What is Perchloroethylene?

Perchloroethylene (also known as tetrachloroethene) is a chlorocarbon with the molecular formula of C2Cl4.  It is a colourless liquid with a sweet odour that is most commonly used as a dry cleaning product of fabrics.  This product is a non-flammable liquid, having no measurable flashpoint or flammable limits in air.  It is miscible with most organic solvents but only slightly miscible in water.


How is Perchloroethylene produced?

Perchloroethylene was first synthesized by Michael faraday in 1821.  He discovered that at a high temperature chlorinolysis of hydrocarbons, he could produce perchloroethylene because the hydrocarbon thermally decomposes and causes an array of side products.  Since his discovery, a few other methods have been created.  On such method that is commonly used is when 1.2.-dichloroetane is heated above 400 ° C with chlorine and a catalyst.  The by-products then go through a distillation process to produce perchloroethylene.

Storage and distribution of Perchloroethylene

A chemical stockist would have a bulk petrochemical storage facility to regulate this product.  Storage is normally in a cool, dry and well ventilated facility away from oxidising agents.  Solvents such as perchloroethylene should be stored in drummed containers such as isotanks made of stainless steel, aluminium or carbon steel.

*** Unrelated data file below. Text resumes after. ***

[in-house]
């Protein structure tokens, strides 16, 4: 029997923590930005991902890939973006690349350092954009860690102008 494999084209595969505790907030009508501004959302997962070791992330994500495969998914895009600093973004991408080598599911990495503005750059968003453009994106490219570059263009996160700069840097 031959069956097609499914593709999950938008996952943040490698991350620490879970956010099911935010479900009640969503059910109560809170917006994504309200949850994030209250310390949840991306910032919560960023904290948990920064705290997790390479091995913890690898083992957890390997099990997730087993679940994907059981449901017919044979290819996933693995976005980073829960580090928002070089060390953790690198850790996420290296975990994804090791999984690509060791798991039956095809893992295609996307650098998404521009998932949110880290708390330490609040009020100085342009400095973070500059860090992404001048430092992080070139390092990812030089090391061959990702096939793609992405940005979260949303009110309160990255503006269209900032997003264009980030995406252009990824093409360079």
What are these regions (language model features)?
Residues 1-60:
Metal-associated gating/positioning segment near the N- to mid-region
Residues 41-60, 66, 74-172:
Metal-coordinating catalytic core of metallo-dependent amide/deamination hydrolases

A bulk solvent exporter would normally distribute this solvent in bulk vessels or tank trucks.  For transportation purposes, Perchloroethylene is classed as a flammable liquid with a fire hazard rating of 2.  A full bulk chemical distributor would export the solvent throughout regions such as the UK, Europe, Africa and America.  This product is a packing group 3.

What is Perchloroethylene used for?

Perchloroethylene is the predominant solvent used in the dry cleaning industry because it is non-flammable, stable but highly volatile.  It is safe to use on most textiles, fibres and dyes without causing damage to the garment.  It is highly effective at removing oils, greases and fats from textiles due its high boiling point and volatile nature.  A wide array of industries use perchloroethylene because it is excellent at degreasing metal parts during the production of products.  It can also be used in extracting fats, dissolving rubber, paint removal, water repellent, brake cleaning and a carrier solvent.  It was also historically used as a chemical intermediate in the manufacture of hydrofluorocarbon (HFC) 134a.

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